Hi and welcome to my Blog, my name is Paul Riddle and I live in south Leicestershire, UK. Back in August 2007 my quest began to locate as many local Little Owl territories as possible. The driving force was a reported decline in the uk numbers so I thought I would do my bit and conduct a study in my area. After 7 years and countless hours out in the field I have detected over 200 different sites. With a thirst for a greater understanding of the owls a more comprehensive monitoring and nest box programme then commenced. This also now includes monitoring the local and very sparse population of Barn Owls, please pop back occasionally and catch up with the life and times of my owls and any other wildlife that I come across. I hope you enjoy your visit!!!

Sunday, 28 December 2014


I do apologise if the title of this post affends, but I couldn't think of a more fitting way to describe the scum to who it refers.

Please let me explain the recent events that have lead to me feeling this way. On Boxing Day morning I had a call from one of my very good landowner friends, he had found a dead Barn Owl in one of his out buildings. Yes a tragic discovery especially as this site was one of our successful breeding locations from this year. As we discussed his discovery in more depth it became apparent that it was one of the adult birds, but there was something else? The breast feathers on the corpse were soaked in blood?? We both agreed that this was rather odd and not really consistent of a death from natural causes? This made us suspect foul play especially as there had been people seen shooting on Xmas eve morning in the field adjacent to where the nest box is located.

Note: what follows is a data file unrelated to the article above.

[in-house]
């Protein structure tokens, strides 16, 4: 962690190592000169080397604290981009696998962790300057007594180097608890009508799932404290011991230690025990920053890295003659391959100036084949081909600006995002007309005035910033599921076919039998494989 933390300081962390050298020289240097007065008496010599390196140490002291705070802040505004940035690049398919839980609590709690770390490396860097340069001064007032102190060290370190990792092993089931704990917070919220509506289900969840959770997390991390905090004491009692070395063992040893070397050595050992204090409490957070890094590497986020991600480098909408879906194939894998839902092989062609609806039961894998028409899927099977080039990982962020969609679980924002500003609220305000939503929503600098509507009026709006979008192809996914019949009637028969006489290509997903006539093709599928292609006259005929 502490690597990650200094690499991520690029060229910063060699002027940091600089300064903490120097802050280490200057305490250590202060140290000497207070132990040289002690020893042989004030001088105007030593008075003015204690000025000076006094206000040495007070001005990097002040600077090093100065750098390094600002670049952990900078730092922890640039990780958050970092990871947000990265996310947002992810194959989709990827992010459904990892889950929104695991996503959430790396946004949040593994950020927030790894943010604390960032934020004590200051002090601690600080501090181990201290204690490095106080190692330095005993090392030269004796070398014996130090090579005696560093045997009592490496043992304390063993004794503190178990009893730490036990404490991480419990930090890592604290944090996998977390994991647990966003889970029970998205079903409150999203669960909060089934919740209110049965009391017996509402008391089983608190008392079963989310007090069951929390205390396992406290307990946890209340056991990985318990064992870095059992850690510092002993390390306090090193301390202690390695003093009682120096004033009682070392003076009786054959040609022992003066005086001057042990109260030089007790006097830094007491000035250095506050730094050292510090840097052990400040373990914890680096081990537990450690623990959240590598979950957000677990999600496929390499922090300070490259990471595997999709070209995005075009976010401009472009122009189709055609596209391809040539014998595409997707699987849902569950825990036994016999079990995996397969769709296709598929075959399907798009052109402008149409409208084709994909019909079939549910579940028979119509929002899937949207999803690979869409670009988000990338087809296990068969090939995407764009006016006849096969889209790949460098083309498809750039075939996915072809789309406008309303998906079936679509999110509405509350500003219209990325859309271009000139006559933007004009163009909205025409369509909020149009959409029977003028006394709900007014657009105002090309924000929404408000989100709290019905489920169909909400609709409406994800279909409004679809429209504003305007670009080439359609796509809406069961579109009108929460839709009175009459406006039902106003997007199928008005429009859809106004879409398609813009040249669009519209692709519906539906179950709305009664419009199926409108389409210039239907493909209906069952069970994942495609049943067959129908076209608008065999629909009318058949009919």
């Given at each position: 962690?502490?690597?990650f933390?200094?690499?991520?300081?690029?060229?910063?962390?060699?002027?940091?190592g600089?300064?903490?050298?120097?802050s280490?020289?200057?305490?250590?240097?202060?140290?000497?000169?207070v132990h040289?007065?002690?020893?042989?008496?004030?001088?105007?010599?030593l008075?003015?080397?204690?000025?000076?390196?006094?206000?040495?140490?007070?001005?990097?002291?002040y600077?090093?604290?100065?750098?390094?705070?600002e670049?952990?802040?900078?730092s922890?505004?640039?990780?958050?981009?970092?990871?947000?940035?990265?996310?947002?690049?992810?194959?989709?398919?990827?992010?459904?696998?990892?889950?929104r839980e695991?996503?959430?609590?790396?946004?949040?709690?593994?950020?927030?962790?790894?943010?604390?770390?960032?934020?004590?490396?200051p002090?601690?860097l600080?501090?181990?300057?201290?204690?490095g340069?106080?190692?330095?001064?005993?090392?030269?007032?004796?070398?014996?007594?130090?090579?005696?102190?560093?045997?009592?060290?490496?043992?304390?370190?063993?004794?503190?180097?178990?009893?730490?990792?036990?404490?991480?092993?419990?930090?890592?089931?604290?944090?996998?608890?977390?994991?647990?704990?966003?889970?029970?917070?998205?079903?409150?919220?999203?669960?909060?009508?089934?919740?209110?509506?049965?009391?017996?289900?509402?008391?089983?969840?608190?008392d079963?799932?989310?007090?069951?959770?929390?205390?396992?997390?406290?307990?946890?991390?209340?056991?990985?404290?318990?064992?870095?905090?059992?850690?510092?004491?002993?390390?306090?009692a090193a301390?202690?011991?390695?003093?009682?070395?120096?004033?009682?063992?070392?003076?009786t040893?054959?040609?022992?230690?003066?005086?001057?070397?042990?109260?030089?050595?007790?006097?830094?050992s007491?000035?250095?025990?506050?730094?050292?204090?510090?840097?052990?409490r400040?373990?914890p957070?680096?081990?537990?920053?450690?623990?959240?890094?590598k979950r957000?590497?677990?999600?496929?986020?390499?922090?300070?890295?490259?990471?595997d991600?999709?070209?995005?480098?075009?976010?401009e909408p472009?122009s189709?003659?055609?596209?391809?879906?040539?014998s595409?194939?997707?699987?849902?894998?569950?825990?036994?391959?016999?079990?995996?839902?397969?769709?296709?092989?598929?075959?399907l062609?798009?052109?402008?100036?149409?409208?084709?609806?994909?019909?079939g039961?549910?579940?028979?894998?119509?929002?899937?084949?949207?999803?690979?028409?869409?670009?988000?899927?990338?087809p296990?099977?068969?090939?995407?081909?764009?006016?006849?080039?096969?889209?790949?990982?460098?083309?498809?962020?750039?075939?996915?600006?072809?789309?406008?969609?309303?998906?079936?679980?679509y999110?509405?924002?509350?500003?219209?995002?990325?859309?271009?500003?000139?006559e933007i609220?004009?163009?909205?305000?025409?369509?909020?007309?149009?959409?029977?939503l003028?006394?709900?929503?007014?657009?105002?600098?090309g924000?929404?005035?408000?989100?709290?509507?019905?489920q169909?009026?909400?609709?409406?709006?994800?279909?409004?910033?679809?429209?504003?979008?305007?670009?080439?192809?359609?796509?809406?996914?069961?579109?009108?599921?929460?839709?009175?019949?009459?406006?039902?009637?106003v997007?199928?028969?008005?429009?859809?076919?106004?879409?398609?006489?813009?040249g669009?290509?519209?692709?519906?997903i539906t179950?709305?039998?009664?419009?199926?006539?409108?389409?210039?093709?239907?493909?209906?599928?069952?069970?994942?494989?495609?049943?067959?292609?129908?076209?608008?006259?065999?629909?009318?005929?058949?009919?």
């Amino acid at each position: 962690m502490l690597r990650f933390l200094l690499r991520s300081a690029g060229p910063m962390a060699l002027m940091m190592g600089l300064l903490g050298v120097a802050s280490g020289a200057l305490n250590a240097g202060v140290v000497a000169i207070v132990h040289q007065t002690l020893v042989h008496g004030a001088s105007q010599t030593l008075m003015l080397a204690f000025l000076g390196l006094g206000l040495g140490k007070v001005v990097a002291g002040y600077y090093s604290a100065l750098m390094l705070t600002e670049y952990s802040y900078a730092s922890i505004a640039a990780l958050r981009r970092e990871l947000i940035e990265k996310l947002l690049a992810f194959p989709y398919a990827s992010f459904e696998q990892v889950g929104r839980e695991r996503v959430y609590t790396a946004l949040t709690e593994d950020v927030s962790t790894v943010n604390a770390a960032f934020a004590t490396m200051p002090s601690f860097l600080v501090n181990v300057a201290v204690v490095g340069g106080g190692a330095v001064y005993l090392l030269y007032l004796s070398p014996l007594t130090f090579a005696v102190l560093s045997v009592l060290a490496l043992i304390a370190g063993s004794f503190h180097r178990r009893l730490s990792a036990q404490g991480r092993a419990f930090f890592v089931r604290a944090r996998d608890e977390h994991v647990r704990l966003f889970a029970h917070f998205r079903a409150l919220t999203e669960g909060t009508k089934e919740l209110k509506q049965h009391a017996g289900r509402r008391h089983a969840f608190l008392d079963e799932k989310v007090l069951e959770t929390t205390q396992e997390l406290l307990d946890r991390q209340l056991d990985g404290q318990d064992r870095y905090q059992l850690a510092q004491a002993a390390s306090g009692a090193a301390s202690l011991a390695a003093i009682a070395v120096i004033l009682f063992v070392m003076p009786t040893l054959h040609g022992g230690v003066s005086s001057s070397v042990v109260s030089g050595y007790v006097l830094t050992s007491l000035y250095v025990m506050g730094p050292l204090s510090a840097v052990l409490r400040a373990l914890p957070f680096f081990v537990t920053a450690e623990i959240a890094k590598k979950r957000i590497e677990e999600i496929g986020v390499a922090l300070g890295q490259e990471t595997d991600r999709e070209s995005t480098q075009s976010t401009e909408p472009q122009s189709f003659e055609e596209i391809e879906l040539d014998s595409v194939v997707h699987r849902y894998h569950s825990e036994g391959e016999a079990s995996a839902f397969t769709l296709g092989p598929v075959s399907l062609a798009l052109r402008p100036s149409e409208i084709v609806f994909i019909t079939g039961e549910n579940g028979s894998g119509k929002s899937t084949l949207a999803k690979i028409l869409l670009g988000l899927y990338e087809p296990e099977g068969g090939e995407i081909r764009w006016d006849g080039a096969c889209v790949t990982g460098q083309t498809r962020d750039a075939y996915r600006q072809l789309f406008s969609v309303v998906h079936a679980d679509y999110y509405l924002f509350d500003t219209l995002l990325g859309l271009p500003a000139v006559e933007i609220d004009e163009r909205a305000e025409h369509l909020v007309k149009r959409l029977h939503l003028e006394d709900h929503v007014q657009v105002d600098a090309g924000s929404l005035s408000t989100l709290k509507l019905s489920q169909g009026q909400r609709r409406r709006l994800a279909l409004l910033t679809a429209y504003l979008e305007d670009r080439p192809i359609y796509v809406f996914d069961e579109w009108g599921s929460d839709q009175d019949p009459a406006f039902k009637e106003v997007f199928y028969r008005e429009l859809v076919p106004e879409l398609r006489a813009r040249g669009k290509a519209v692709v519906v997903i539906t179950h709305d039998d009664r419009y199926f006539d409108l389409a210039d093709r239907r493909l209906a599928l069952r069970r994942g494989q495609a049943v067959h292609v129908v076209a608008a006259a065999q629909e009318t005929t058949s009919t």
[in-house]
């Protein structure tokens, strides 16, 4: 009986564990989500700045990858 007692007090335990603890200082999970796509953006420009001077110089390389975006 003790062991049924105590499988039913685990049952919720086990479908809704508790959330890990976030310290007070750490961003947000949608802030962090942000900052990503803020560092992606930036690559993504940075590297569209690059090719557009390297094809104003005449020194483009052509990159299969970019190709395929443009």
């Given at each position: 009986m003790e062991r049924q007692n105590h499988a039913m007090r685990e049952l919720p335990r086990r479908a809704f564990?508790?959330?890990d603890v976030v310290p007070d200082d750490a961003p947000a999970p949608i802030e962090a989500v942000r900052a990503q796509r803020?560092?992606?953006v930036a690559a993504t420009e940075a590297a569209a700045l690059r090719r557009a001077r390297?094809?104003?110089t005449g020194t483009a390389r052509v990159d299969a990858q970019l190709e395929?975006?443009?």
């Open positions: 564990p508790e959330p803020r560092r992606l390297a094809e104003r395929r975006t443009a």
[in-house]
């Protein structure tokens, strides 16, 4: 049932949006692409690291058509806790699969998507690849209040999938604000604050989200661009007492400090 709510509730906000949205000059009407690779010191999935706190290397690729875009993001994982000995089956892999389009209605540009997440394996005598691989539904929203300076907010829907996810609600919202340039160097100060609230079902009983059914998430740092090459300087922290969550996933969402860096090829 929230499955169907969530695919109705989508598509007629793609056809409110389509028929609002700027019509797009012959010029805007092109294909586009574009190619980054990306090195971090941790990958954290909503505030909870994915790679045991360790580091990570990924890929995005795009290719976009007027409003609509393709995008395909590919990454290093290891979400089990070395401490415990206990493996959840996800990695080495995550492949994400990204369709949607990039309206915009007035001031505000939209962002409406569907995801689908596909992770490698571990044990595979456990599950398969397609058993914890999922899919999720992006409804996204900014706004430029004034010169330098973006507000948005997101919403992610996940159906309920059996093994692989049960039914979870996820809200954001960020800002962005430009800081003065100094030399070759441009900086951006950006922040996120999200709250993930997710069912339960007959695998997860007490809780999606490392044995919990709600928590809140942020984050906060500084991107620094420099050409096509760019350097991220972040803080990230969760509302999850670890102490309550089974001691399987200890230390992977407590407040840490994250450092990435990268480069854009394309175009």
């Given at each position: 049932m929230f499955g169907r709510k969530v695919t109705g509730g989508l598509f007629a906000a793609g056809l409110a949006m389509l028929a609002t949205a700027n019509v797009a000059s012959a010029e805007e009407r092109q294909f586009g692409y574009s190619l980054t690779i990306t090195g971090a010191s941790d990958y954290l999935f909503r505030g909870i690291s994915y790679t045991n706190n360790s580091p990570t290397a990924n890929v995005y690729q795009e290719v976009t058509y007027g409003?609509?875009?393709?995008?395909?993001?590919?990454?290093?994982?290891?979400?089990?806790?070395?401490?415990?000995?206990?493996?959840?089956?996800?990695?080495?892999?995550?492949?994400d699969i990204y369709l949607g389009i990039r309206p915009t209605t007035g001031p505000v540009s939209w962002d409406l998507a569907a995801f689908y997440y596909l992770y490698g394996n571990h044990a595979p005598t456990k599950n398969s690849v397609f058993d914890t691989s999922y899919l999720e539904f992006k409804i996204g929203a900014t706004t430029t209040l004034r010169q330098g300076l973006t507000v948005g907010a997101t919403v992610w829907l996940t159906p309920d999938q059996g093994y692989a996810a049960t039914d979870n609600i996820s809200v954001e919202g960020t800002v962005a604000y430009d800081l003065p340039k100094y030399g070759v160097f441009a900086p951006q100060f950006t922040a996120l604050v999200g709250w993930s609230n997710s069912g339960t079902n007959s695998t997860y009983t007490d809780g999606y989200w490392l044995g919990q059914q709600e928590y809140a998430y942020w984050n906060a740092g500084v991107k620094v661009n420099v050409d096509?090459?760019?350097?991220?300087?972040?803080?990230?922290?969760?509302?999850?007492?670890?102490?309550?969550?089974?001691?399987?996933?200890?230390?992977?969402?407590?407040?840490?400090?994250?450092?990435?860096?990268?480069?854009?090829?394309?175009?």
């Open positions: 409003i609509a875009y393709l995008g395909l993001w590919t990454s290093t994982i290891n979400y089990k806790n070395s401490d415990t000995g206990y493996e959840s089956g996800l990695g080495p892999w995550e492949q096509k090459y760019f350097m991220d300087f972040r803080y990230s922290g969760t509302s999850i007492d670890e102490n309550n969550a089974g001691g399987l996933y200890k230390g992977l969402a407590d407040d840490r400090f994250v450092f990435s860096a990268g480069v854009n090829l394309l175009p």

My friend was  devestated, and very very angry, he'd not had Barn Owls at his farm for decades and seeing these birds on a regular basis this year gave him enormous pleasure. But before we could jump to any conclusions more evidence was required if our worst thoughts were to be proven. So the corpse was sent to a local veterinary with the background evidence and our request for it to be checked out. This morning (dec 28th)  my friend called me to say the vet had some news, he had x-rayed the bird and three shot gun pellets were discovered lodged in its torso, undoubtedly the reason for its death!!